Exit values

An IPO is the most desired exit for a unicorn company as the valuation of the company generally increases post IPO. For example, Zoom (founded in 2011), which provides a communication platform, recorded a valuation of US$ 1 billion in 2017 after its series D round and raised US$751 million at its IPO with a valuation of US$9.2 billion.  Amazon.com, Inc. (NASDAQ:AMZN), which was started at Jeff Bezos’ garage in 1994, has become a household name globally as an online go-to-shopping site. The company started trading in 1997 and within 23 years, has reached a market cap of US$1.52 trillion as on 6 July 2020. The company currently is one of the biggest technology companies focused on e-commerce, cloud services, digital services such as streaming and artificial intelligence.

The companies which exited in 2018 from the Crunchbase cohort, had a collective valuation of US$235 billion. Post IPO, the aggregate valuation went up to US$364 billion, demonstrating a 55% increase, or US$129 billion above the last private valuation.

Some 2019 IPOs such as Zoom, Fastly, Cloudflare, Dynatrace and many more are experiencing increased demand for their services, thus business performances amid pandemic with demand. Unicorns such as insurance company Lemonade and cloud data company Snowflake have filed to go public. Unicorn Company Palantir, a Big Tech Data Analytics company founded in 2003, is eyeing an IPO in 2020. The company is still deciding on choosing a traditional IPO or a direct public offering.

In 2020, there have been 12 exits so far, which had demonstrated 91% growth in value. The companies reached US$50 billion from US$26 billion post IPO.

With the pandemic driving the growth of technology companies, the new unicorn companies, primarily in the software service and online learning space, are expected to continue performing well and take the IPO route.

 


Disclaimer
The website https://kalkinemedia.com/au is a service of Kalkine Media Pty. Ltd. A.C.N. 629 651 672. The article has been prepared for informational purposes only and is not intended to be used as a complete source of information on any particular company. Kalkine Media does not in any way endorse or recommend individuals, products or services that may be discussed on this site. Our publications are NOT a solicitation or recommendation to buy, sell or hold the stock of the company (or companies) or engage in any investment activity under discussion. We are neither licensed nor qualified to provide investment advice through this platform. All pictures are copyright to their respective owner(s). Kalkinemedia.com does not claim ownership of any of the pictures displayed on this website unless stated otherwise. Some of the images used on this website are taken from the web and are believed to be in public domain. We have used reasonable efforts to accredit the source (public domain/CC0 status) to where it was found and indicated it below the image.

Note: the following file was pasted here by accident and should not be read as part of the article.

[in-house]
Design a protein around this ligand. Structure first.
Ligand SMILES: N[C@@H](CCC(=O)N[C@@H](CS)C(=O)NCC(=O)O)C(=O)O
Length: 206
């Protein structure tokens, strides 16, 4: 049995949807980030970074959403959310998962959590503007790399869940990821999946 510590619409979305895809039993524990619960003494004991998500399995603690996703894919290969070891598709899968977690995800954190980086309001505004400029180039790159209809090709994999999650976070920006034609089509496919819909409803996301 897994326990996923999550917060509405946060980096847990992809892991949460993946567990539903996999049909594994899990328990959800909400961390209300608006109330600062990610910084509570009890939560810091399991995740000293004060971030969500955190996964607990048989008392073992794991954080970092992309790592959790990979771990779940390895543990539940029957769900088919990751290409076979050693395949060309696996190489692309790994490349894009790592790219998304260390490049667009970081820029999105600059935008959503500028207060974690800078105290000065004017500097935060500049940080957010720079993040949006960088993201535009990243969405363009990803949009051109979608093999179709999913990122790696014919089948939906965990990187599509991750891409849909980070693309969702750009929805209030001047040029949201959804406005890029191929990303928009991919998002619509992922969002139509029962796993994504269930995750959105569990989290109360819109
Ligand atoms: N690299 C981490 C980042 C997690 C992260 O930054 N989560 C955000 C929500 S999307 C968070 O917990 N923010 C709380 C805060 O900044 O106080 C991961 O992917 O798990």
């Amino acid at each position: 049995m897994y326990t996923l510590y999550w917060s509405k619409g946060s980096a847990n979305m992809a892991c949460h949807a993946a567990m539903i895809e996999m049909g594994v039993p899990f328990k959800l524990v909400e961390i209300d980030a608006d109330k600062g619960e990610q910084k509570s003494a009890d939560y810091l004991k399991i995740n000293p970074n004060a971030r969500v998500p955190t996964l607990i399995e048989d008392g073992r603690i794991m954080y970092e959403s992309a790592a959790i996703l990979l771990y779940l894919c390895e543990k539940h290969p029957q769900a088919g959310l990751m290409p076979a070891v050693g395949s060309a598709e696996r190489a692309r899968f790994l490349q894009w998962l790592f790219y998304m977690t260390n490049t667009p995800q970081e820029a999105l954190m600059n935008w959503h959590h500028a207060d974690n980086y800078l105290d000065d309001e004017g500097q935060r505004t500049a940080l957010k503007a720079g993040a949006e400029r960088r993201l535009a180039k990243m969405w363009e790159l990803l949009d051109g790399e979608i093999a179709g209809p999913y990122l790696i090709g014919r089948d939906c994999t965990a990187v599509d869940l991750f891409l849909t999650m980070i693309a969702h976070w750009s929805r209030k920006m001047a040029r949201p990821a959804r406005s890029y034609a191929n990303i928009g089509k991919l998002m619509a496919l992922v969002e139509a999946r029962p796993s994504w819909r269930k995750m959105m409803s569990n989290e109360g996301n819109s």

There is no investor left unperturbed with the ongoing trade conflicts between US-China and the devastating bushfire in Australia.

Are you wondering if the year 2020 might not have taken the right start? Dividend stocks could be the answer to that question.

As interest rates in Australia are already at record low levels, find out which dividend stocks are viewed as the most attractive investment opportunity in the current scenario in our report.

CLICK HERE FOR YOUR FREE REPORT!
   
x
We use cookies to ensure that we give you the best experience on our website. If you continue to use this site we will assume that you are happy with it. OK